Herbert Thomas Dicksee (14 June 1862 – 20 February 1942) was an English painter who specialised in oil paintings of dogs, particularly the deerhound. Prints and etchings of his best-known paintings were widely distributed by publishers such as Klackner of London, and his work is popular among collectors and dog enthusiasts today.
Dicksee belonged to an illustrious artistic family. His father was the artist John Dicksee (1817–1905). John's brother Thomas (1819–1895), also a painter, was the father of Sir Frank Dicksee (1853–1928), president of the Royal Academy from 1924 until his death. (Herbert, meanwhile, had one sister, whose name was Amy.) Dicksee studied art at the Slade School, London, on a scholarship. His first painting was exhibited in 1881.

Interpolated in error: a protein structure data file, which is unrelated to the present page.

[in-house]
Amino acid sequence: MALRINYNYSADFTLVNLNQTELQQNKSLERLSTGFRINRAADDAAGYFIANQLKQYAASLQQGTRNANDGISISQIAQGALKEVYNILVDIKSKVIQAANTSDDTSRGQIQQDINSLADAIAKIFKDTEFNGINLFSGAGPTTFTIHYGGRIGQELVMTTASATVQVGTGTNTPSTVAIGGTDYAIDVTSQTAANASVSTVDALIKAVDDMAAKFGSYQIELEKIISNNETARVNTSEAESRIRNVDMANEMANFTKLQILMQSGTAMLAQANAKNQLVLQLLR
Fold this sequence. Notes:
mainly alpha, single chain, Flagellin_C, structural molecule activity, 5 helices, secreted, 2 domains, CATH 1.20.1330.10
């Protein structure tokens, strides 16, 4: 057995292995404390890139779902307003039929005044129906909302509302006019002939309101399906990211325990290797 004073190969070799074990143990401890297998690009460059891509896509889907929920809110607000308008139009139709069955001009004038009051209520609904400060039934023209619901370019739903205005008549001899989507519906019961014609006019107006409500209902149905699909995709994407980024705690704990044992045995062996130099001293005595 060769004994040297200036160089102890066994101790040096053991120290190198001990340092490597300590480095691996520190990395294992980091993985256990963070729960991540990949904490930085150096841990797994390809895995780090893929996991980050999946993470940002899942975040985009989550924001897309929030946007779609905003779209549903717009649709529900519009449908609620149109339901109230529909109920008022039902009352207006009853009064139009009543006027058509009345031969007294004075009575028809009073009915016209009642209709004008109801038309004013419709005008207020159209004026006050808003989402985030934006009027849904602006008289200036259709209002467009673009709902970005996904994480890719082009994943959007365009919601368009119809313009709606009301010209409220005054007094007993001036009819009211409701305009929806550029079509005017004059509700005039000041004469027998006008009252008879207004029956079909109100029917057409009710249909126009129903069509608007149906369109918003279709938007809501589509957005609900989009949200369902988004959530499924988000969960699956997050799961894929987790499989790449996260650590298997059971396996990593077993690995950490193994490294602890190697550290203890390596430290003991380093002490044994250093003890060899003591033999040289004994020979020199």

Dicksee specialised in sympathetic paintings of hounds, such as "After Chevy Chase" and "Silent Sympathy", but he also painted big cats at London Zoo, of which he was a fellow. His paintings were usually done from life; he kept numerous dogs as pets. Those pets featured in his etchings included a bloodhound, a French bulldog named "Shaver", and several pugs and bull terriers.
Many of Dicksee's works, especially those painted during the war, depict the dogs accompanying melancholy young ladies. His most frequent model was the actress Gladys Cooper.
The artist married Ella Crump in 1896, and they had two children, Maurice (who was killed in World War I) and Dorothy (who also studied art). Herbert Dicksee died in 1942 in Hampstead. His daughter Dorothy was the executor of his will, which directed her to destroy most of the plates for Dicksee's etchings.
This is an incomplete list.
- "Watercress Beds – Surrey" (1885)
- "Beauty and the Beast" (1887)
- "All His Troubles Before Him" (1887)
- "Silent Sympathy" (1894)
- "The Watcher on the Hill" (1900)
- "Where's Master?" (1911), commissioned by King Edward VII
- "The Kill" (1933)